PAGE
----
Over the past few years we have heard the term “polar vortex” become part of the media’s vocabulary. What the public may not know about is the term SSW, which stands for sudden stratospheric warming, and the role it plays in shoving the polar vortex southward affecting the weather in our own backyard.
Dr. Judah Cohen is the Director of Seasonal Forecasting at AER (Atmospheric and Environmental Research) which is a division of Verisk Analytics and also a Research Affiliate at MIT’s Parsons Lab. He received a Ph.D. from Columbia University and was also a post-doc at the NASA Goddard Institute for Space Studies. “SSWs are a spike in the temperatures in the stratosphere over the Arctic. They can occur anytime from late November through March. They can displace or split the polar vortex.” Dr. Cohen continued, “When SSWs occur, they begin weakening the polar vortex and if it splits or displaces, they can send the coldest air in the northern hemisphere southward.”
If you are a fan of cold weather in the continental United States, you want a weakened polar vortex that has been shoved southward. A strong polar vortex is stagnant and is found over the North Pole and it simply will not move off the Pole. It thus keeps arctic air locked near the Pole.
When a SSW occurs, it begins to erode the strength of the polar vortex. If the SSW is strong enough, it can weaken the polar vortex enough that it will move off the Pole. Dr. Cohen explained , “At this point, the polar vortex can split into two separate polar vortices, one which moves over North America and the other sets up over the Eurasian continent. Or it can hold together and become one, displaced polar vortex which heads south to over North America or Eurasia.”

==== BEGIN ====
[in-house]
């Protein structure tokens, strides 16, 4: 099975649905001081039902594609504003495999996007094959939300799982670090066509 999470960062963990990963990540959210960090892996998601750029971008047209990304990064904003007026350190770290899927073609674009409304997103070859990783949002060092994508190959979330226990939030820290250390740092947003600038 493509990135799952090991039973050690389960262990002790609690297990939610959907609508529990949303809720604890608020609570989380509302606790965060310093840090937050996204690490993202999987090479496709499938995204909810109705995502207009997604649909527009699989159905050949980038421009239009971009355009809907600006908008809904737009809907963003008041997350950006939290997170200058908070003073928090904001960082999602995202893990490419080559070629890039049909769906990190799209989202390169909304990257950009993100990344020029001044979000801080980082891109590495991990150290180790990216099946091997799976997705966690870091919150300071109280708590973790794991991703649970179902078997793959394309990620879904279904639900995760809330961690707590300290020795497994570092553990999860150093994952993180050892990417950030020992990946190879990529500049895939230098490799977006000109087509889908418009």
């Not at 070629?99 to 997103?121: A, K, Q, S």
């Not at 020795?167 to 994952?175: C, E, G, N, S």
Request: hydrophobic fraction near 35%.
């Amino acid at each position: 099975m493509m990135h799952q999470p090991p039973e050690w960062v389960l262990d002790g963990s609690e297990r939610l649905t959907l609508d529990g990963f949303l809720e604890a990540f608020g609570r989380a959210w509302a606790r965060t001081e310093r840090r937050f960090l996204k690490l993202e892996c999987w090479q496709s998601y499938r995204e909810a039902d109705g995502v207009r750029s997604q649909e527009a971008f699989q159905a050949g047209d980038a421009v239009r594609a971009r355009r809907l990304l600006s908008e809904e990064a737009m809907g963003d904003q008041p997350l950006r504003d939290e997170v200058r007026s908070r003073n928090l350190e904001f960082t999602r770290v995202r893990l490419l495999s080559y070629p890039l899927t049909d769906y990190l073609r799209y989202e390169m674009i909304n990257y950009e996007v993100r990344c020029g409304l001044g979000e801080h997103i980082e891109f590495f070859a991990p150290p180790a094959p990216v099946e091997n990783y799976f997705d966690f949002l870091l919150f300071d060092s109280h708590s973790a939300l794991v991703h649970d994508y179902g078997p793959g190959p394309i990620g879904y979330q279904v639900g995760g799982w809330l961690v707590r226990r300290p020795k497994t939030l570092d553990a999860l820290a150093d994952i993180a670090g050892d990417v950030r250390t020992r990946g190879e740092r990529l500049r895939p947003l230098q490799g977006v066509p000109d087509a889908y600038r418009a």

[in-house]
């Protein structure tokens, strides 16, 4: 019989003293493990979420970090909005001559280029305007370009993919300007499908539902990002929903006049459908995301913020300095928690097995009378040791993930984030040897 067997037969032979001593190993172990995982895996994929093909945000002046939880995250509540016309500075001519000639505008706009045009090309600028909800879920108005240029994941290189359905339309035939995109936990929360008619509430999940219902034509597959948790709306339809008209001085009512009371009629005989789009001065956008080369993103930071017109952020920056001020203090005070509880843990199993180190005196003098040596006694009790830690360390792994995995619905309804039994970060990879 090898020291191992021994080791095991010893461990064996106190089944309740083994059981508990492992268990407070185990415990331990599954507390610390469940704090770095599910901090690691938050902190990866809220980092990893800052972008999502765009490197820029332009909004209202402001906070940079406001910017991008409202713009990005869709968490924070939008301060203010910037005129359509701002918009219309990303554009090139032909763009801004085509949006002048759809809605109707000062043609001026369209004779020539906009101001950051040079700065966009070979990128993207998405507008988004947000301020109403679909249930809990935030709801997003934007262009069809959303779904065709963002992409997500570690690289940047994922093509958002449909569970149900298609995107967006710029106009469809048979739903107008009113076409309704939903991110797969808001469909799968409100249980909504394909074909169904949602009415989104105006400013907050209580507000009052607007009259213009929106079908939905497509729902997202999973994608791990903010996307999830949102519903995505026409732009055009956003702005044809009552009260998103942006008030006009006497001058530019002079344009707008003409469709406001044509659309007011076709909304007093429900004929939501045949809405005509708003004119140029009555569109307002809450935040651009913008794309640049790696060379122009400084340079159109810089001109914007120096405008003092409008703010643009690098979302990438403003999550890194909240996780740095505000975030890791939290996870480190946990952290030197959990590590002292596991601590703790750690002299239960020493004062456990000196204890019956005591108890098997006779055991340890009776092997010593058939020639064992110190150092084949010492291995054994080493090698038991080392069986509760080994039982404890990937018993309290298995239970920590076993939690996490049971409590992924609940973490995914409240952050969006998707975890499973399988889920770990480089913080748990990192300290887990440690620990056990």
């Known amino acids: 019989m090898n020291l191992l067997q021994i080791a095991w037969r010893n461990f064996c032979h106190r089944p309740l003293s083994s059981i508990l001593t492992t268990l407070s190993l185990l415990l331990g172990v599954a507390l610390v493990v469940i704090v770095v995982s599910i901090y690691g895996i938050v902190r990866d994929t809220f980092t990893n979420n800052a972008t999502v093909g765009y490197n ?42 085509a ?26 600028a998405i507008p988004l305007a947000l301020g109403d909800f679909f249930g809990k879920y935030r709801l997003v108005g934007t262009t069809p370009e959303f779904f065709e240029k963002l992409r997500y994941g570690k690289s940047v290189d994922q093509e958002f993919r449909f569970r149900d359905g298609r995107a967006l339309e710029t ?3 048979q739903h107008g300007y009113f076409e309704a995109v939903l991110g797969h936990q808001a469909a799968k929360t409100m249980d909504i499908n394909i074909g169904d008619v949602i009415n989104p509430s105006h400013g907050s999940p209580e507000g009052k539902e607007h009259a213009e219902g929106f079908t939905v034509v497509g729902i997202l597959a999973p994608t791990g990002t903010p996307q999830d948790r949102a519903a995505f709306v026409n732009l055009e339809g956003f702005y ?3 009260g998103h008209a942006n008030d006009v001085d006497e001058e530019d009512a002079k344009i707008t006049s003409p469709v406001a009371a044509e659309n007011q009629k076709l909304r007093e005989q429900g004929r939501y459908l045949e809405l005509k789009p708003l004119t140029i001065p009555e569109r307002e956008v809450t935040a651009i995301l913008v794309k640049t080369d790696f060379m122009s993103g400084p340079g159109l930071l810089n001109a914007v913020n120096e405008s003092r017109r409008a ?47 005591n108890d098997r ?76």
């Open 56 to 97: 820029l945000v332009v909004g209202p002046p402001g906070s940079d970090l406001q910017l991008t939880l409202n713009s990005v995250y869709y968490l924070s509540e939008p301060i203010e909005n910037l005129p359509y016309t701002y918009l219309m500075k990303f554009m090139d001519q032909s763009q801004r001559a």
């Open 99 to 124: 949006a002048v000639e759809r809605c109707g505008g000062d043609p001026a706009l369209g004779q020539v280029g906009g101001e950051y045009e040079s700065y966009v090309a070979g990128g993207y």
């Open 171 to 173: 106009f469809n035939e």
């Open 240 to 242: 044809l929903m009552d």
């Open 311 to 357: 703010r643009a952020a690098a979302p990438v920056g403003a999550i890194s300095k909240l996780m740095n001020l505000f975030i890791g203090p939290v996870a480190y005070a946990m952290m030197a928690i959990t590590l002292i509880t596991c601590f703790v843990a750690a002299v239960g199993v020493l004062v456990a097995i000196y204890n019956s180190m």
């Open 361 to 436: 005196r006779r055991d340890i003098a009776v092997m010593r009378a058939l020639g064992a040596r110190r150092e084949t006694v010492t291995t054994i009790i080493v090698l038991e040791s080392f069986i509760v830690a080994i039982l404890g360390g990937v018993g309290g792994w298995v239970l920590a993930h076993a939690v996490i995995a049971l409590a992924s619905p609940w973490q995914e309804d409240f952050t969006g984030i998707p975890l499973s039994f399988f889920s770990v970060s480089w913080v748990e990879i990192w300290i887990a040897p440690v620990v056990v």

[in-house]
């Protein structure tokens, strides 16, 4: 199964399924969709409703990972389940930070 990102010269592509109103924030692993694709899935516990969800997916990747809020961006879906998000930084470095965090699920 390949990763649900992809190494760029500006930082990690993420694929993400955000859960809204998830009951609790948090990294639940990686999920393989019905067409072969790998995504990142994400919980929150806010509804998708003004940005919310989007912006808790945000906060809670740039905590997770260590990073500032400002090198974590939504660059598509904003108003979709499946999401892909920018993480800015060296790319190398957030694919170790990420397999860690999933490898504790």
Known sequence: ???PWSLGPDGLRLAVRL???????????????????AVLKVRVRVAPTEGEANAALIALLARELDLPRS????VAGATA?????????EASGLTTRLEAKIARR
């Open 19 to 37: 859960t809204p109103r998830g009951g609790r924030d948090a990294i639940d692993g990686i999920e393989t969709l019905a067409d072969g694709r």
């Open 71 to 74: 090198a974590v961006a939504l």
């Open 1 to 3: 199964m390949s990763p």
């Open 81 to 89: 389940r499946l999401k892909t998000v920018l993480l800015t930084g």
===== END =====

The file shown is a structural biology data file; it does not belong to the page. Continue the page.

SSWs can be predicted a week or two in advance. Once the SSW begins it will take about 14 days for the polar vortex to be moved off the Pole. According to Dr. Cohen, “The stronger the SSW, the more likely that the polar vortex can be moved off the Pole. There is also an immediate reaction of the atmosphere to the SSW near the Pole but it is generally short-lived and insignificant in the long run.”
Even though the polar vortex is now weakened, it still contains very cold, Arctic air. As it is pushed south, it brings this air with it. The eastern U.S. will see its coldest air of the season when the polar vortex is found just north of the Great Lakes and northwest winds from the Arctic region ushers in frigid temperatures. This is especially true if it is later in the winter season and the whole path of these winds is over frozen lakes or snow covered land.
Dr. Cohen continued, “When the polar vortex is weak and heads south, it can set up an amplified jet stream pattern with large dips and ridges in the jet stream. This is a setup for a very stormy pattern if you are located near one of these dips. However, if you are under one of the ridges, your region can experience unusually warm and dry weather. So, a SSW and a displacement of the polar vortex does not always mean Arctic temperatures for your locale.”
Also, whether the polar vortex is split into two separate vortices or holds together as one is important. Dr. Cohen explained, “There is evidence that a single polar vortex brings a higher likelihood of extreme Arctic outbreaks for the eastern U.S. like seen in January 1985. A split of the original polar vortex into two vortices is more often associated with blockbuster snowstorms …such as Boston saw in January and February of 2015.”